As a manufacturers’ representative and industry consultant, our privileged “observer-facilitator” position with manufacturers, distributors, integrators and associations allows us to confirm that with the rebound in business activity occurring in many markets, there are specific ESC’s and other market partners who are clearly “pulling away” from their competitors. Why is that? Many reasons exist. However, those who are embracing this nexus in time with a more multi-generational team approach are enjoying greater and more sustainable benefits. Some examples are:
1. Millennial owner with a new systems integration company and very few supplier relationships hires a Gen-X / Baby Boomer General Manager with extensive history and relationships with various supply channels to run the front end of the business.
2. New Millennial owner partners with an established Gen X/Boomer Interior Designer having great interpersonal skills and well-heeled Gen X / Boomer clientele enjoy growth from incredible multi-generational synergy.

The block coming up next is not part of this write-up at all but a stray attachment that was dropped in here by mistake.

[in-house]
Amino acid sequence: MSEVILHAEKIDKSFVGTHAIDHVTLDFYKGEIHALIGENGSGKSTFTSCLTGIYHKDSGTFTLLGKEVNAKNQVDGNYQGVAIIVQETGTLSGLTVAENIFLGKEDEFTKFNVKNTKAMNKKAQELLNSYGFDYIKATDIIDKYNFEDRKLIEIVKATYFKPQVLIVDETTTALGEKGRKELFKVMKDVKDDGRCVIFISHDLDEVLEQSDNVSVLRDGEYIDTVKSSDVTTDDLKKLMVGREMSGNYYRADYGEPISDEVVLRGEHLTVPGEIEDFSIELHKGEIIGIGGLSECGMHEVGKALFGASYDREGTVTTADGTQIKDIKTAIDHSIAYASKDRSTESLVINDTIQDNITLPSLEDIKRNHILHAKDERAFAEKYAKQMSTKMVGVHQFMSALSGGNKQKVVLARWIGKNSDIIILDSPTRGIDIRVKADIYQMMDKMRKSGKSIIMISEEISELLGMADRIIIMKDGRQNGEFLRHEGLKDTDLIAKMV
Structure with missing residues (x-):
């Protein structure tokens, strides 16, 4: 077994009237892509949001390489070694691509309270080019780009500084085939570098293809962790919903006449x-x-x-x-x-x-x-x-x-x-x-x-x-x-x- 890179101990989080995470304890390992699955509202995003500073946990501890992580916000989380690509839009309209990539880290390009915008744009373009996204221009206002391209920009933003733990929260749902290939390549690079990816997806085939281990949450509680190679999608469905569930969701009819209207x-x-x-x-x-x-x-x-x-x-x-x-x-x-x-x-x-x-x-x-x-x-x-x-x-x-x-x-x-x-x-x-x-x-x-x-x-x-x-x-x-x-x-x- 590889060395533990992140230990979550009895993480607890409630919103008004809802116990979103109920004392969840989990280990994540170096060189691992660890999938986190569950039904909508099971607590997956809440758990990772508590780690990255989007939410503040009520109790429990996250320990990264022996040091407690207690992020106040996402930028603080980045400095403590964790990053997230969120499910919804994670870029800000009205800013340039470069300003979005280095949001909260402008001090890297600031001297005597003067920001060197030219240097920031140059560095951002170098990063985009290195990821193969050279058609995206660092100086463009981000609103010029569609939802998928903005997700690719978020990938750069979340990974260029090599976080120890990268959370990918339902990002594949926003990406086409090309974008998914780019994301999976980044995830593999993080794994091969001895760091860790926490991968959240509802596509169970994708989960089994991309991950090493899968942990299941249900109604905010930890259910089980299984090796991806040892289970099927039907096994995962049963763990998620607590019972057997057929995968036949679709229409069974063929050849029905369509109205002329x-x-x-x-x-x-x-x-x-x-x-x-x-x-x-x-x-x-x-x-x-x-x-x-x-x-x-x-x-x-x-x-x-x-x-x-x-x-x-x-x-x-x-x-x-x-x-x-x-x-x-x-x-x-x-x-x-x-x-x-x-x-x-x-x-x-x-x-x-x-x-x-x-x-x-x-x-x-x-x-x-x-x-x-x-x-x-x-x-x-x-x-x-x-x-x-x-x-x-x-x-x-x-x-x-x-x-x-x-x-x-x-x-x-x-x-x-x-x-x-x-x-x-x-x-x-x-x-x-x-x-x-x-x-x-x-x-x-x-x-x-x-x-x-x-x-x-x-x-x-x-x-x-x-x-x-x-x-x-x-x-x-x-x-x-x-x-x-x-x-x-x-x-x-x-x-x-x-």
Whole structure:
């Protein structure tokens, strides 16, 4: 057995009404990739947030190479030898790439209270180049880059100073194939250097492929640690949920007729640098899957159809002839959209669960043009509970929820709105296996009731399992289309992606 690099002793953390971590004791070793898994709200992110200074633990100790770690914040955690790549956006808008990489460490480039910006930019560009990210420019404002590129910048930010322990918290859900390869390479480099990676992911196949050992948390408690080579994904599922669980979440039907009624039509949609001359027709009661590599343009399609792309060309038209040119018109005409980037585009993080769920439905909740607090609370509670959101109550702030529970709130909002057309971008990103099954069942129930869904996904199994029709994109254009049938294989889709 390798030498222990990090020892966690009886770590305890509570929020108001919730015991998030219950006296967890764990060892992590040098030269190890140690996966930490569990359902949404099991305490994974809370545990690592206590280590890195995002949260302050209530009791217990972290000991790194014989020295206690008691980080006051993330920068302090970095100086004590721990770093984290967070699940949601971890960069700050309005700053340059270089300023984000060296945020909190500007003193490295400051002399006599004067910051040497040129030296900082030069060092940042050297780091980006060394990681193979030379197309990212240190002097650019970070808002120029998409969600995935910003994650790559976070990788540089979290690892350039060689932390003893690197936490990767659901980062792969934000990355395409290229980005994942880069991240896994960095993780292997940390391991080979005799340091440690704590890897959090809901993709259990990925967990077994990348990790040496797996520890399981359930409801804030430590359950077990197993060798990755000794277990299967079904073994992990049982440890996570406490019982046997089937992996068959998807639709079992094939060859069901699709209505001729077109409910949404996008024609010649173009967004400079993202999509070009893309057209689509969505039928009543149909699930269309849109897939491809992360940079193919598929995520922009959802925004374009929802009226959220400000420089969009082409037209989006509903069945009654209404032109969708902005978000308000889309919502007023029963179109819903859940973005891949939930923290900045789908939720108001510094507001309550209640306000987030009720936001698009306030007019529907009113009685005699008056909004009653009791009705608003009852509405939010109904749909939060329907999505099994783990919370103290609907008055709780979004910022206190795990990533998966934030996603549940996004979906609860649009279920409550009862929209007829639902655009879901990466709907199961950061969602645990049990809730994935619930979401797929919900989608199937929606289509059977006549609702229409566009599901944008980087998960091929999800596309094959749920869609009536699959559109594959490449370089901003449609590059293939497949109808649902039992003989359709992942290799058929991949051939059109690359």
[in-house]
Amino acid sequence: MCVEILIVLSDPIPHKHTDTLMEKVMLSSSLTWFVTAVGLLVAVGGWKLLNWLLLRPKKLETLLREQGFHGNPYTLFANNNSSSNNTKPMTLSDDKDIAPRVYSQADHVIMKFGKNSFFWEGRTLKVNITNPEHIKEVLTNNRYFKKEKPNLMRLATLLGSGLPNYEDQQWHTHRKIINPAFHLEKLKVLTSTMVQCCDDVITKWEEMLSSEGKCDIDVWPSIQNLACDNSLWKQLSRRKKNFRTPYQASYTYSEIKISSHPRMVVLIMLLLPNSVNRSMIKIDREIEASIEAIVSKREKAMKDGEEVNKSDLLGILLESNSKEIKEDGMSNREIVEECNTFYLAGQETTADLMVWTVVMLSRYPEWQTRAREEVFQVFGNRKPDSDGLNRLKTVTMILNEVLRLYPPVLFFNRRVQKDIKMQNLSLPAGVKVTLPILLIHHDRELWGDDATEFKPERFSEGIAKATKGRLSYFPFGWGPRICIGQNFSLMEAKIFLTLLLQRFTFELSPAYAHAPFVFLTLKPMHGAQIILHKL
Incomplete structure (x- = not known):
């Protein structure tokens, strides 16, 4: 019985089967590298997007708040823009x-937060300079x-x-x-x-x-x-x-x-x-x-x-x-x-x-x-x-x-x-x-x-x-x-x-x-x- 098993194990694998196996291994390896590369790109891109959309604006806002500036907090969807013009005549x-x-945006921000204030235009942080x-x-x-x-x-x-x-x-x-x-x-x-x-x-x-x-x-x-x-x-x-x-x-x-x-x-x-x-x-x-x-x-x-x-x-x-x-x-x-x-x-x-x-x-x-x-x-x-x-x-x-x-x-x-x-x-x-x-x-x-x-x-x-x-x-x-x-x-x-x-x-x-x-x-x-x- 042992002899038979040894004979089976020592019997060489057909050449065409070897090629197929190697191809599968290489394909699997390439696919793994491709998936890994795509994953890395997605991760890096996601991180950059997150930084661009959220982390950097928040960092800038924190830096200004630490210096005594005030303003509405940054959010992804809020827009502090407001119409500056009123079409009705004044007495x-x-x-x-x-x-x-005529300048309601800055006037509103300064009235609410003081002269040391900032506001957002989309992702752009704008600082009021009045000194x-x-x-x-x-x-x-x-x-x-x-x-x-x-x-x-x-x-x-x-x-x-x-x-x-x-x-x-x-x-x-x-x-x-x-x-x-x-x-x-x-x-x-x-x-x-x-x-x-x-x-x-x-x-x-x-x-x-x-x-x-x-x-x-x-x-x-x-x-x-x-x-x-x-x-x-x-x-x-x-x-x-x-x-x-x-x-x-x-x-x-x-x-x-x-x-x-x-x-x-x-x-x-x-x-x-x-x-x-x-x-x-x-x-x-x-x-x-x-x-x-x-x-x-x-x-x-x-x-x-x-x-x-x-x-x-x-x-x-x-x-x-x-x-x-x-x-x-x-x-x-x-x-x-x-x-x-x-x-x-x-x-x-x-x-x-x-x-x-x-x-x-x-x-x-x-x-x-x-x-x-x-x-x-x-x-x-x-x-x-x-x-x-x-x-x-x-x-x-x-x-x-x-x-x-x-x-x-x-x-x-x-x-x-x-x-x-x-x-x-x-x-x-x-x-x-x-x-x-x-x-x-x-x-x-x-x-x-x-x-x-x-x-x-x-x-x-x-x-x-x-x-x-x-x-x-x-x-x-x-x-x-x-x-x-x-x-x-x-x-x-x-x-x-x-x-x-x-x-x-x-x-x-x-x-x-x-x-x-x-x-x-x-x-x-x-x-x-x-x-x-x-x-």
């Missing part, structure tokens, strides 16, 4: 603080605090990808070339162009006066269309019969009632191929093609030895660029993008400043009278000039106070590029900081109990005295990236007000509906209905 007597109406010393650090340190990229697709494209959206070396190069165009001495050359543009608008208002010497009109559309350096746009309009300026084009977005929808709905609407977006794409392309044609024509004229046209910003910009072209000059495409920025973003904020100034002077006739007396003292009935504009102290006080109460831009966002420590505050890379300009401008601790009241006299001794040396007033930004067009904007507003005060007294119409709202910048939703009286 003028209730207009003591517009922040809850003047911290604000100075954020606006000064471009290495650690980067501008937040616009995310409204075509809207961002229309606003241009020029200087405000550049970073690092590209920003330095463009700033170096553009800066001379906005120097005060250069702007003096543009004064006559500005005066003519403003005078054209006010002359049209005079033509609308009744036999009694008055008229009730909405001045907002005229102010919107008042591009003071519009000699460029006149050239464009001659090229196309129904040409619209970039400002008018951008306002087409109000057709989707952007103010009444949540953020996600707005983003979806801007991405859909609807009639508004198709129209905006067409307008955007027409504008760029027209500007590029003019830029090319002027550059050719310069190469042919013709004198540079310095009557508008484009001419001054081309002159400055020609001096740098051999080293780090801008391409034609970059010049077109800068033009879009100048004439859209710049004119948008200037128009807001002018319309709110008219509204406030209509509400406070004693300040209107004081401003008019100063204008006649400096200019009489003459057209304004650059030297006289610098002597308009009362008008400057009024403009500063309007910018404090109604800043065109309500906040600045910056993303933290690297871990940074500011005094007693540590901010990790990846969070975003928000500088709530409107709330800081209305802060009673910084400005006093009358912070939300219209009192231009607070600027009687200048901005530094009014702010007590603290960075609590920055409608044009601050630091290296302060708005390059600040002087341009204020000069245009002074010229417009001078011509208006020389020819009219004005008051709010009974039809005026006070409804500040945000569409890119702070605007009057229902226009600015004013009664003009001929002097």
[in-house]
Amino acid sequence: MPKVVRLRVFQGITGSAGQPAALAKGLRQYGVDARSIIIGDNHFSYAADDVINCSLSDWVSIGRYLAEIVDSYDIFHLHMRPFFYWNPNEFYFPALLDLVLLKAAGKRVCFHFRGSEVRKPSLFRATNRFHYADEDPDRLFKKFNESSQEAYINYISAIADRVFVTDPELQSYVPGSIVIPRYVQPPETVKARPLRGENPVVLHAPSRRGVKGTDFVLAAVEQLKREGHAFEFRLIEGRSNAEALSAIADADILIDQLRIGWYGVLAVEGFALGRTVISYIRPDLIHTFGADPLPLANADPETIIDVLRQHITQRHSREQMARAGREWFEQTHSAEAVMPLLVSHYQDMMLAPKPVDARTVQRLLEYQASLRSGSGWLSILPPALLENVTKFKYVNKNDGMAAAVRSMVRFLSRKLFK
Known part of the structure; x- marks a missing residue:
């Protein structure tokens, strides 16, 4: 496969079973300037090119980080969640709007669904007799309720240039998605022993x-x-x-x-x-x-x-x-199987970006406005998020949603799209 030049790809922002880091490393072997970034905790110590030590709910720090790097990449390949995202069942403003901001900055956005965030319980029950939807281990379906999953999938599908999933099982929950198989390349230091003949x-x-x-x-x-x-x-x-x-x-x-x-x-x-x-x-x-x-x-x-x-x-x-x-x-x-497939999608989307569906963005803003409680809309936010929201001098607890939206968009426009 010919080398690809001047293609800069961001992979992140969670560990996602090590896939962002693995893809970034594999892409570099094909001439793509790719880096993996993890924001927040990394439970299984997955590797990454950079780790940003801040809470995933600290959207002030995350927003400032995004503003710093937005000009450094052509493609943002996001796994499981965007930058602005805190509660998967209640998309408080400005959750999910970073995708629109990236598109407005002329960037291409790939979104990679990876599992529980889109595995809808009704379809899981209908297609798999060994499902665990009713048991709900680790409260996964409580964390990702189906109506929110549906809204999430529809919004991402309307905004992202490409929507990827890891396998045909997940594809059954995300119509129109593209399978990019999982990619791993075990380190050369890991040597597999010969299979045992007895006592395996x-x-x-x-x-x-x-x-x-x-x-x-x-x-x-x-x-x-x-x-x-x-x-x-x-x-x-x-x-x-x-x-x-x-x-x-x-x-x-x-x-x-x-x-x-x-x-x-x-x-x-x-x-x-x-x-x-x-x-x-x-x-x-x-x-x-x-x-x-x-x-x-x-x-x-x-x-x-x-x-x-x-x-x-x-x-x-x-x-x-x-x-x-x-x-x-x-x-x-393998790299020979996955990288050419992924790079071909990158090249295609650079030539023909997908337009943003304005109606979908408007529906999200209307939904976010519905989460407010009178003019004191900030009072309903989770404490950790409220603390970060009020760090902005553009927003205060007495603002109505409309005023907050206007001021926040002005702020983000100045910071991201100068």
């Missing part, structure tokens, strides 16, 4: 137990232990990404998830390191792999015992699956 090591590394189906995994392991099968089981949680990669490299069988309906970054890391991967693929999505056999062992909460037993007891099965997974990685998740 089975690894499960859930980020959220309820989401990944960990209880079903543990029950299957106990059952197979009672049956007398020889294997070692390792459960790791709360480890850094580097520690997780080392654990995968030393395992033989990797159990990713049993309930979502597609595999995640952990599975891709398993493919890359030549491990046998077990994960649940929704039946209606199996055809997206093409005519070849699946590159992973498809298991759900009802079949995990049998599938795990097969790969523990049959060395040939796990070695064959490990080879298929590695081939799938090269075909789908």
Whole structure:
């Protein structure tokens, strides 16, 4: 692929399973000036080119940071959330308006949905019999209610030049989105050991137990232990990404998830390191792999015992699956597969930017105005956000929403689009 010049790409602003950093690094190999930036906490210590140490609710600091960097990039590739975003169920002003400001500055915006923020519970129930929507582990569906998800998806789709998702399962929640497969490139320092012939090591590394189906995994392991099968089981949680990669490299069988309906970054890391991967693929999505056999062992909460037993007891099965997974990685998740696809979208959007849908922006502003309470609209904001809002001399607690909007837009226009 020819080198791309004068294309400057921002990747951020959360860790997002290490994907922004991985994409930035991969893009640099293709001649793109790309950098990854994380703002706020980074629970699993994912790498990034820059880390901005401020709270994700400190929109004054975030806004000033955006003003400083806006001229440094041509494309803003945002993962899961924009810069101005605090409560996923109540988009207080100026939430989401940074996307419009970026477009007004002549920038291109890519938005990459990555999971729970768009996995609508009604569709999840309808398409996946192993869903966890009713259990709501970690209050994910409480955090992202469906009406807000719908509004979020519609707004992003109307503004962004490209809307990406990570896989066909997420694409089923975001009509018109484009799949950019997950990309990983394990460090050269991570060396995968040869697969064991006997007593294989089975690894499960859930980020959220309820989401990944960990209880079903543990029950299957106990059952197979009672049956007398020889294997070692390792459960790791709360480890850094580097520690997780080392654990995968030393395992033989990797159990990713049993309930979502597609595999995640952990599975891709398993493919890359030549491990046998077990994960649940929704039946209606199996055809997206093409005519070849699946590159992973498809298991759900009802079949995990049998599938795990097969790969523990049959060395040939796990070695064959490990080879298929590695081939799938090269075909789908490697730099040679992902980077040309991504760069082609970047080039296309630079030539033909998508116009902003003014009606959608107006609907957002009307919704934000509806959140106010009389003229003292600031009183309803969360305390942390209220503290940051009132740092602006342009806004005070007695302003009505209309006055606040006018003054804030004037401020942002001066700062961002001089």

3. Boomer owner makes intentional efforts for incorporating and nurturing Millennial-aged talent, ensuring they’re part of business planning; use of their insights for strategic and tactical product and technology plans.
The challenges of connecting, however, are still significant for many of us. Relating with multi-generational team members and clientele is not a one-dimensional path. Multi-generational connecting is best seen as a team sport. In the same way that recent books and articles are heralding man-machine interfaces such as Siri needing more refining; so, too, intergenerational methodologies and connections are needing improvement and refinement. These connecting issues apply both to internal operations and processes, as well as, connecting with a company’s external, targeted client market.
Recent research revealed a resource, Jason Dorsey (www.jasondorsey.com), a Millennial-aged speaker-presenter out of Austin, Texas. In an online presentation he addressed a multi-generational group by:
1. Pleading with the Boomers in the room to “never retire”… that Boomers had skills and abilities foreign to his age group ... like “you know how to do long division!”
2. Cautioning Boomers who were still handwriting instructions or memos and reminding them “many of us don’t read cursive; they don’t teach that in schools now!”